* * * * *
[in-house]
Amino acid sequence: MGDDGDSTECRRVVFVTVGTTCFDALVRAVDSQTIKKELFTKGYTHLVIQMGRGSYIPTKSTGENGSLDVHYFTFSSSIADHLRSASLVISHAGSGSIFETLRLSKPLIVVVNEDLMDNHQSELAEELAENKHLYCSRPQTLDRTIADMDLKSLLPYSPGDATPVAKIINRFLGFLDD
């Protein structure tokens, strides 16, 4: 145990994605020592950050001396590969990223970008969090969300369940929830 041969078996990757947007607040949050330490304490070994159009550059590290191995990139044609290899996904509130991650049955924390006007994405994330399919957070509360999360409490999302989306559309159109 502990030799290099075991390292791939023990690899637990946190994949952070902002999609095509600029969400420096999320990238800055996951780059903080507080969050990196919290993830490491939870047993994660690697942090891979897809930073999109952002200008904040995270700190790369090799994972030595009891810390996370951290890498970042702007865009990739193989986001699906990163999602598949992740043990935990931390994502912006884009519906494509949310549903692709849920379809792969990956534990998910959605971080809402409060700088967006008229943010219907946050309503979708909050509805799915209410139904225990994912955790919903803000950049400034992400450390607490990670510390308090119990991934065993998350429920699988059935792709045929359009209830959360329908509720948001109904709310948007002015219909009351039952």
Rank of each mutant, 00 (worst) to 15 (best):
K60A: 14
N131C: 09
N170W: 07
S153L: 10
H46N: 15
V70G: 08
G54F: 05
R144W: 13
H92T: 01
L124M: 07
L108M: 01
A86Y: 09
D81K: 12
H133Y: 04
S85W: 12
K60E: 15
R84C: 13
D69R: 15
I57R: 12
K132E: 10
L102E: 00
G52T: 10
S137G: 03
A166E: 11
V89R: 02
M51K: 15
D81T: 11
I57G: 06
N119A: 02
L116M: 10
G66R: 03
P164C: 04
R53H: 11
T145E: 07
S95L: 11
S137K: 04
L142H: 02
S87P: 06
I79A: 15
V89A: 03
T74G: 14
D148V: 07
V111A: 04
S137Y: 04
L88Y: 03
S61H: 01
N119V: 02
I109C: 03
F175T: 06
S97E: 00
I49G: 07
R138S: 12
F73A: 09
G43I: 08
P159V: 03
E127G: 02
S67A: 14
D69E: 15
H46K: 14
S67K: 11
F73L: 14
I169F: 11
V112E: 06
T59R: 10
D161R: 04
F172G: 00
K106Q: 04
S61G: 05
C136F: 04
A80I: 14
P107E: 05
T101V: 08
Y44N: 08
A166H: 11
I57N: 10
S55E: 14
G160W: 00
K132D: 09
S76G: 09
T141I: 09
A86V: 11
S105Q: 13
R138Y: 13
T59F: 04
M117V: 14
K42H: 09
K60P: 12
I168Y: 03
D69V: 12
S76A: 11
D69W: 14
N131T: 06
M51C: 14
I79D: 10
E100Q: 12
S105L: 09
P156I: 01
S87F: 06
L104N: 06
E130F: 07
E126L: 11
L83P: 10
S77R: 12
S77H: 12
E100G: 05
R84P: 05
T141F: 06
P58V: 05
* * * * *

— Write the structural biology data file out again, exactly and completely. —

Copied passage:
[in-house]
Amino acid sequence: MGDDGDSTECRRVVFVTVGTTCFDALVRAVDSQTIKKELFTKGYTHLVIQMGRGSYIPTKSTGENGSLDVHYFTFSSSIADHLRSASLVISHAGSGSIFETLRLSKPLIVVVNEDLMDNHQSELAEELAENKHLYCSRPQTLDRTIADMDLKSLLPYSPGDATPVAKIINRFLGFLDD
């Protein structure tokens, strides 16, 4: 145990994605020592950050001396590969990223970008969090969300369940929830 041969078996990757947007607040949050330490304490070994159009550059590290191995990139044609290899996904509130991650049955924390006007994405994330399919957070509360999360409490999302989306559309159109 502990030799290099075991390292791939023990690899637990946190994949952070902002999609095509600029969400420096999320990238800055996951780059903080507080969050990196919290993830490491939870047993994660690697942090891979897809930073999109952002200008904040995270700190790369090799994972030595009891810390996370951290890498970042702007865009990739193989986001699906990163999602598949992740043990935990931390994502912006884009519906494509949310549903692709849920379809792969990956534990998910959605971080809402409060700088967006008229943010219907946050309503979708909050509805799915209410139904225990994912955790919903803000950049400034992400450390607490990670510390308090119990991934065993998350429920699988059935792709045929359009209830959360329908509720948001109904709310948007002015219909009351039952």
Rank of each mutant, 00 (worst) to 15 (best):
K60A: 14
N131C: 09
N170W: 07
S153L: 10
H46N: 15
V70G: 08
G54F: 05
R144W: 13
H92T: 01
L124M: 07
L108M: 01
A86Y: 09
D81K: 12
H133Y: 04
S85W: 12
K60E: 15
R84C: 13
D69R: 15
I57R: 12
K132E: 10
L102E: 00
G52T: 10
S137G: 03
A166E: 11
V89R: 02
M51K: 15
D81T: 11
I57G: 06
N119A: 02
L116M: 10
G66R: 03
P164C: 04
R53H: 11
T145E: 07
S95L: 11
S137K: 04
L142H: 02
S87P: 06
I79A: 15
V89A: 03
T74G: 14
D148V: 07
V111A: 04
S137Y: 04
L88Y: 03
S61H: 01
N119V: 02
I109C: 03
F175T: 06
S97E: 00
I49G: 07
R138S: 12
F73A: 09
G43I: 08
P159V: 03
E127G: 02
S67A: 14
D69E: 15
H46K: 14
S67K: 11
F73L: 14
I169F: 11
V112E: 06
T59R: 10
D161R: 04
F172G: 00
K106Q: 04
S61G: 05
C136F: 04
A80I: 14
P107E: 05
T101V: 08
Y44N: 08
A166H: 11
I57N: 10
S55E: 14
G160W: 00
K132D: 09
S76G: 09
T141I: 09
A86V: 11
S105Q: 13
R138Y: 13
T59F: 04
M117V: 14
K42H: 09
K60P: 12
I168Y: 03
D69V: 12
S76A: 11
D69W: 14
N131T: 06
M51C: 14
I79D: 10
E100Q: 12
S105L: 09
P156I: 01
S87F: 06
L104N: 06
E130F: 07
E126L: 11
L83P: 10
S77R: 12
S77H: 12
E100G: 05
R84P: 05
T141F: 06
P58V: 05